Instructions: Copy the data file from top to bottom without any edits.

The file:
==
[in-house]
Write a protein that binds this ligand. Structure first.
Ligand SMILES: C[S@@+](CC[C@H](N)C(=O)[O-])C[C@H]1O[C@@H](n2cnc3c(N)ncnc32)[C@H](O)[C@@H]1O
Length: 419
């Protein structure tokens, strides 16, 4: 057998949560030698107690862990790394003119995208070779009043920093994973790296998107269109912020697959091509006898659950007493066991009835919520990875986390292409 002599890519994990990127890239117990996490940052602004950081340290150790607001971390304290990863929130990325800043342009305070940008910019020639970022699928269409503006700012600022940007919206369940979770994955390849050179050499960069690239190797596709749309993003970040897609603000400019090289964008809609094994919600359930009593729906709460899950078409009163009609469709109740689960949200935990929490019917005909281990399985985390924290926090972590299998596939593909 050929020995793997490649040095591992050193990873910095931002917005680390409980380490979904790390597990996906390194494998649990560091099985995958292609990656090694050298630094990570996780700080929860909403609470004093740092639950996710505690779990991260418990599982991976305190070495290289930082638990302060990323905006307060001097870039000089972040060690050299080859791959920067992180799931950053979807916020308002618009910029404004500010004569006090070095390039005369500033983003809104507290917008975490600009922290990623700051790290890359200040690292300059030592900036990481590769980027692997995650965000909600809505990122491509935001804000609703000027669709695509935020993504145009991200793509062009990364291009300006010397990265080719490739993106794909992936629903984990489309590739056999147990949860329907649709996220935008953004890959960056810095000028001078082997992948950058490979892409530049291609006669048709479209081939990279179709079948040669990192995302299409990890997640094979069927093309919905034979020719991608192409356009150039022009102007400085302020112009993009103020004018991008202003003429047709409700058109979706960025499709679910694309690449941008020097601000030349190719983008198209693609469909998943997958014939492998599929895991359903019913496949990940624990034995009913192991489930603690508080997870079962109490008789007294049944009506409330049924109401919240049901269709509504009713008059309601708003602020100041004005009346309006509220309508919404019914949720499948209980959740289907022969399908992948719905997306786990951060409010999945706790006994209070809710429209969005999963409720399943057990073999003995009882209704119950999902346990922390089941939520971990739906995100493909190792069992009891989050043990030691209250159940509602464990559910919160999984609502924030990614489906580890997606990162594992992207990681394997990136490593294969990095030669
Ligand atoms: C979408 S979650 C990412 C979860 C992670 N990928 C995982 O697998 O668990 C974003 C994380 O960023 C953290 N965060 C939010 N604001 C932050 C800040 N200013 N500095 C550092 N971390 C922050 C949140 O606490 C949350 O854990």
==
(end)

[in-house]
Write a protein that binds this ligand. Structure first.
Ligand SMILES: C[S@@+](CC[C@H](N)C(=O)[O-])C[C@H]1O[C@@H](n2cnc3c(N)ncnc32)[C@H](O)[C@@H]1O
Length: 419
């Protein structure tokens, strides 16, 4: 057998949560030698107690862990790394003119995208070779009043920093994973790296998107269109912020697959091509006898659950007493066991009835919520990875986390292409 002599890519994990990127890239117990996490940052602004950081340290150790607001971390304290990863929130990325800043342009305070940008910019020639970022699928269409503006700012600022940007919206369940979770994955390849050179050499960069690239190797596709749309993003970040897609603000400019090289964008809609094994919600359930009593729906709460899950078409009163009609469709109740689960949200935990929490019917005909281990399985985390924290926090972590299998596939593909 050929020995793997490649040095591992050193990873910095931002917005680390409980380490979904790390597990996906390194494998649990560091099985995958292609990656090694050298630094990570996780700080929860909403609470004093740092639950996710505690779990991260418990599982991976305190070495290289930082638990302060990323905006307060001097870039000089972040060690050299080859791959920067992180799931950053979807916020308002618009910029404004500010004569006090070095390039005369500033983003809104507290917008975490600009922290990623700051790290890359200040690292300059030592900036990481590769980027692997995650965000909600809505990122491509935001804000609703000027669709695509935020993504145009991200793509062009990364291009300006010397990265080719490739993106794909992936629903984990489309590739056999147990949860329907649709996220935008953004890959960056810095000028001078082997992948950058490979892409530049291609006669048709479209081939990279179709079948040669990192995302299409990890997640094979069927093309919905034979020719991608192409356009150039022009102007400085302020112009993009103020004018991008202003003429047709409700058109979706960025499709679910694309690449941008020097601000030349190719983008198209693609469909998943997958014939492998599929895991359903019913496949990940624990034995009913192991489930603690508080997870079962109490008789007294049944009506409330049924109401919240049901269709509504009713008059309601708003602020100041004005009346309006509220309508919404019914949720499948209980959740289907022969399908992948719905997306786990951060409010999945706790006994209070809710429209969005999963409720399943057990073999003995009882209704119950999902346990922390089941939520971990739906995100493909190792069992009891989050043990030691209250159940509602464990559910919160999984609502924030990614489906580890997606990162594992992207990681394997990136490593294969990095030669
Ligand atoms: C979408 S979650 C990412 C979860 C992670 N990928 C995982 O697998 O668990 C974003 C994380 O960023 C953290 N965060 C939010 N604001 C932050 C800040 N200013 N500095 C550092 N971390 C922050 C949140 O606490 C949350 O854990």